http://www.mexicocooks.typepad.com









playaboy

Oct 15, 2013, 6:14 AM

Post #33 of 79 (2849 views)

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Re: [RickS] Problems for Divorced and Widowed Females wanting Citizenship!

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In Reply To
If someone has something NEW to add to this thread, please feel free to do so. Otherwise it looks like we have two opinions going and that neither is willing or able to accept the others position.

MOD


Don't lock the thread. There is no difference of opinion.

Rick is quoting the laws and regs, which he does very well.

Cristina and Pat are quoting real life experiences.

Longtime expat residents know by now that dealing with the Mexican bureaucracy and getting things accomplished does not always follow the written laws and regulations. I personally learned that you never get anything done telling a bureaucrat your interpretation of written laws and regs.


I would like to continue to hear from Cristina and Pat' about their actual experiences. Keep posting details of your adventure to citizenship..


CozumelComplete


Oct 15, 2013, 6:31 AM

Post #34 of 79 (2848 views)

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Re: [playaboy] Problems for Divorced and Widowed Females wanting Citizenship!

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I still have 2 years before I can apply, so I am following the others, praying the problem is resolved before it is my turn.
Patricia A Holt
Cozumel The Complete Guide II


esperanza

Oct 15, 2013, 7:52 AM

Post #35 of 79 (2832 views)

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Re: [playaboy] Problems for Divorced and Widowed Females wanting Citizenship!

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Longtime expat residents know by now that dealing with the Mexican bureaucracy and getting things accomplished does not always follow the written laws and regulations. I personally learned that you never get anything done telling a bureaucrat your interpretation of written laws and regs.

I would like to continue to hear from Cristina and Pat' about their actual experiences. Keep posting details of your adventure to citizenship..


Two things: first, that statement, "I personally learned that you never get anything done telling a bureaucrat your interpretation of written laws and regs," should be required reading--nay, tattooed on the forehead!--of anyone planning to live in Mexico. It's a basic truth here.

Second, I have been a Mexican citizen for many years. My wife, Judy, is eligible now because we have been married for more than two years (two years is the required length of time) and she qualifies under that rule.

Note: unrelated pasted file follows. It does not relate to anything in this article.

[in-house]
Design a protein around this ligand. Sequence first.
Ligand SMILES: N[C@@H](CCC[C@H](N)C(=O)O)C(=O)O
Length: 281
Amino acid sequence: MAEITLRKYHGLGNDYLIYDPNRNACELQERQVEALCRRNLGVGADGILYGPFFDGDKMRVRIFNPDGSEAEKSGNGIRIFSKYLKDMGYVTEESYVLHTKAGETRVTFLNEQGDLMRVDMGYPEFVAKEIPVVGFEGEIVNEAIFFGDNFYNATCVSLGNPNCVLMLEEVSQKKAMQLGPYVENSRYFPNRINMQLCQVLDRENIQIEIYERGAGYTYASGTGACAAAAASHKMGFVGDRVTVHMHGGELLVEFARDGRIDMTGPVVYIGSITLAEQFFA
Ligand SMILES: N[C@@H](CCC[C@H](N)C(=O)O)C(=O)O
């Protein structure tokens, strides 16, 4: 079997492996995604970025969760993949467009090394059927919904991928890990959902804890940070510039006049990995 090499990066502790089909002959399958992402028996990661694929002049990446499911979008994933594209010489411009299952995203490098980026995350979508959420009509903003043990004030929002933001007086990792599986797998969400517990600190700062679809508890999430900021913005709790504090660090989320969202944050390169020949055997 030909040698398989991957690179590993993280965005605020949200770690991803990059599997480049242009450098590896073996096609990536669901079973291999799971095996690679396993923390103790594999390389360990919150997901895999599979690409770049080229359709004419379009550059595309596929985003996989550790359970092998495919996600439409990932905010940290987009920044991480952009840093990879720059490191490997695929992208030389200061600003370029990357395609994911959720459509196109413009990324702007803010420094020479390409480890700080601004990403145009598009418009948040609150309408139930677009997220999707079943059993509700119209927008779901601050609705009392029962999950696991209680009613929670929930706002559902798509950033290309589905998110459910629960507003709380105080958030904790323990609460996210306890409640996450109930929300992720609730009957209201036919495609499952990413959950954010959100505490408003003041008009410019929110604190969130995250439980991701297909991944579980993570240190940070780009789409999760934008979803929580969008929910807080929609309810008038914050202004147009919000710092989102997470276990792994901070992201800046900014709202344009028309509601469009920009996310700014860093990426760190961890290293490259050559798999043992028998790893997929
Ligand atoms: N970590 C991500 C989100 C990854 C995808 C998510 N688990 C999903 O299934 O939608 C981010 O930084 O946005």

Thanks for your words of support, playaboy. You may rest assured that we will keep all of you Mexconnect-ers posted on progress, if any.

http://www.mexicocooks.typepad.com









GringoCArlos

Oct 15, 2013, 9:05 AM

Post #36 of 79 (2820 views)

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Re: [CozumelComplete] Problems for Divorced and Widowed Females wanting Citizenship!

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I think if I were in this situation, I'd find a better lawyer.

No offense esperanza, but just because someone is an abogado and is higher up in a bureaucracy doesn't necessarily mean they are a good abogado. There is always Article 13 of the Codigo Civil Federal to consider, but then again, I'm no lawyer.

Good luck ladies.


(This post was edited by GringoCArlos on Oct 15, 2013, 9:15 AM)


esperanza

Oct 15, 2013, 9:34 AM

Post #37 of 79 (2802 views)

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Re: [GringoCArlos] Problems for Divorced and Widowed Females wanting Citizenship!

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I'm pretty tired of 'blame the victim'. The problem lies with the SRE's rule change, not with us.

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careyeroslib

Oct 15, 2013, 11:14 AM

Post #38 of 79 (2792 views)

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Re: [Ric Hoffman] Problems for Divorced and Widowed Females wanting Citizenship!

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Ric: Why is this fairer for all, when except in extremely rare cases men do not change their names when they get married and, in most non-hispanic countries, a vast majority of women DO change their name when they marry?

In our jurisdiction (Ontario, Canada), there is no legal way to change the name on your birth certificate. You can petition for a change of name, but that is just an additional legal document. Your birth certificate is what it is. It could not be changed.

I´m very sorry to hear this. Good luck to those involved at this moment.


mcm

Oct 15, 2013, 2:11 PM

Post #39 of 79 (2766 views)

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Re: [judithnpups] Problems for Divorced and Widowed Females wanting Citizenship!

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What a frustrating situation!
I do have one question -- you, and Esperanza, refer to the SRE office in DF -- I wonder if you mean the Central SRE office, or one of the delegations, or the Enlace office? It did occur to me that perhaps the problem you're having is one of interpretation by the head of the LOCAL office, rather than a (new) national policy. I understand that you have spoken to various officials in SRE, just wonder whether the issue MIGHT be dealt with at the central office. Probably wishful thinking, since the other poster from Cozumel has run into the same issue in Quintana Roo....

I am SO GLAD that I never changed my name when I married (either time)!!

good luck!


esperanza

Oct 15, 2013, 2:17 PM

Post #40 of 79 (2762 views)

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Re: [mcm] Problems for Divorced and Widowed Females wanting Citizenship!

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We are only working with the central office on Juárez. This is a national situation.

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citlali

Oct 15, 2013, 3:28 PM

Post #41 of 79 (2739 views)

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Re: [esperanza] Problems for Divorced and Widowed Females wanting Citizenship!